Traders reminded Santhara that locals once just weren’t interested in working at the wet-market because they weren’t offered pension-fund contributions and social security (Socso).
To any layman, this suggests the traders are now offering these entitlements to local workers. Why not before? Ripping off locals with latitude, perhaps, as they would have foreign workers.
So why are locals now happy to work at the wet-market? Santhara will retell the economic imperative. What he won’t say is the economics of grinding poverty.
Malaysians, particularly the low-paid and the jobless, are despairing about their future. Covid-19 has destroyed jobs. It might be a long haul out of economic gloom.
Previously, more and more Malaysians weren’t interested in “low class” jobs. That’s on record. They wouldn’t be caught dead working in menial jobs with unsanitary conditions, zero job security, zero airconditioning, and their rights and entitlements abrogated by insanely regressive state laws.
In 1996, the former international trade and industry minister Rafidah Aziz had vehemently opposed lifting workers’ rights at the World Trade Organisation meeting in Singapore.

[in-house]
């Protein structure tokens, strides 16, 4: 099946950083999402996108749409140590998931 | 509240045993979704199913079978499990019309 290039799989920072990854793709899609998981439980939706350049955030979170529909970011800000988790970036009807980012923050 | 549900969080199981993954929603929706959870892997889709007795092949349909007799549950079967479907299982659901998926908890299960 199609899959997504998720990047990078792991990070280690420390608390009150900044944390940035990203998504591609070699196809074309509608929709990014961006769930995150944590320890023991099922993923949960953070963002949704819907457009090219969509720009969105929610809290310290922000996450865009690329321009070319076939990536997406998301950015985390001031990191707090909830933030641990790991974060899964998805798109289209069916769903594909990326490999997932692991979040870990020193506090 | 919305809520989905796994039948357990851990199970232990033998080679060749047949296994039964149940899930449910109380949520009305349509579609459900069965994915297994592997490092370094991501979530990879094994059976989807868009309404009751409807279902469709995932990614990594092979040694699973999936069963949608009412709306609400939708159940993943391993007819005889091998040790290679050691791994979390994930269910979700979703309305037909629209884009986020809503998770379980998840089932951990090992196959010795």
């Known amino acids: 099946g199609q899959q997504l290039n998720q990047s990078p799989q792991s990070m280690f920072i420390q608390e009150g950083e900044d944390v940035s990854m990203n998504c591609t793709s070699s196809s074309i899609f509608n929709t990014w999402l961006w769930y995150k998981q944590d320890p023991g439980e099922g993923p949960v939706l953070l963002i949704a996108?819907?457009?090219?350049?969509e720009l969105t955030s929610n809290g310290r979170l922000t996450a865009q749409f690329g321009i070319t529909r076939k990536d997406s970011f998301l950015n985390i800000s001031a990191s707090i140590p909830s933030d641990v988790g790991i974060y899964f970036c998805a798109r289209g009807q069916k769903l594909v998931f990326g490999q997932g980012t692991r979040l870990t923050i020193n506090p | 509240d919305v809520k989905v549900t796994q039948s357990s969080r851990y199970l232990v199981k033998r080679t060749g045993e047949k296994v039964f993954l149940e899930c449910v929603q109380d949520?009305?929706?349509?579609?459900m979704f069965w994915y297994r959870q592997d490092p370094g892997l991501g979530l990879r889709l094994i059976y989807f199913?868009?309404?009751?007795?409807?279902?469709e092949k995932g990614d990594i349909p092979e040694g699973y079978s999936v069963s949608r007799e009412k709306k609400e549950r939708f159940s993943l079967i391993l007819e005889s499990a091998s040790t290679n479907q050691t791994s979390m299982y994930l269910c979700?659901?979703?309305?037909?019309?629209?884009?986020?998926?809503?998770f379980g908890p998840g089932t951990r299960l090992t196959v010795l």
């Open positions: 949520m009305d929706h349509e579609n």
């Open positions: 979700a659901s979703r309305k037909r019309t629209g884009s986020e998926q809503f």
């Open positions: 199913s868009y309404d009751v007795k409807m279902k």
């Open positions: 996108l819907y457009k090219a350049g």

That alone speaks volumes on successive regimes’ basis to labour market policy for contrived competitive advantage. So much, then, for the Malaysian free-market.
Since the early 1980s “economics” also underscored Malaysian employers’ demand for foreign workers over locals. Foreigners, legal or illegal – some six million of them today – were infinitely cheaper than locals.
Business profits boomed before firms turned to exploit human misery to rake in even more money. Locals, meanwhile, continued to shun jobs they felt were beneath their world-class academic qualifications and transferable skill-sets.
Traders also told Santhara a modernised and clean wet-market would attract more locals to work there. Great idea on the cleanliness bit; the rest is spin.
Here’s the rub: one, nobody yet knows what the unemployment rate will be in Malaysia. There’s more economic fallout to come.
Last Tuesday, Bank Negara Malaysia dropped its overnight policy rate (OPR) rate to two percent from 2.5 percent, as expected; the lowest in 10 years. It spells trouble ahead. Worse if deflation sets in.
Two, with the jobless peak still to come, a modernised wet-market will need only half the "normal" 3,000-strong workforce.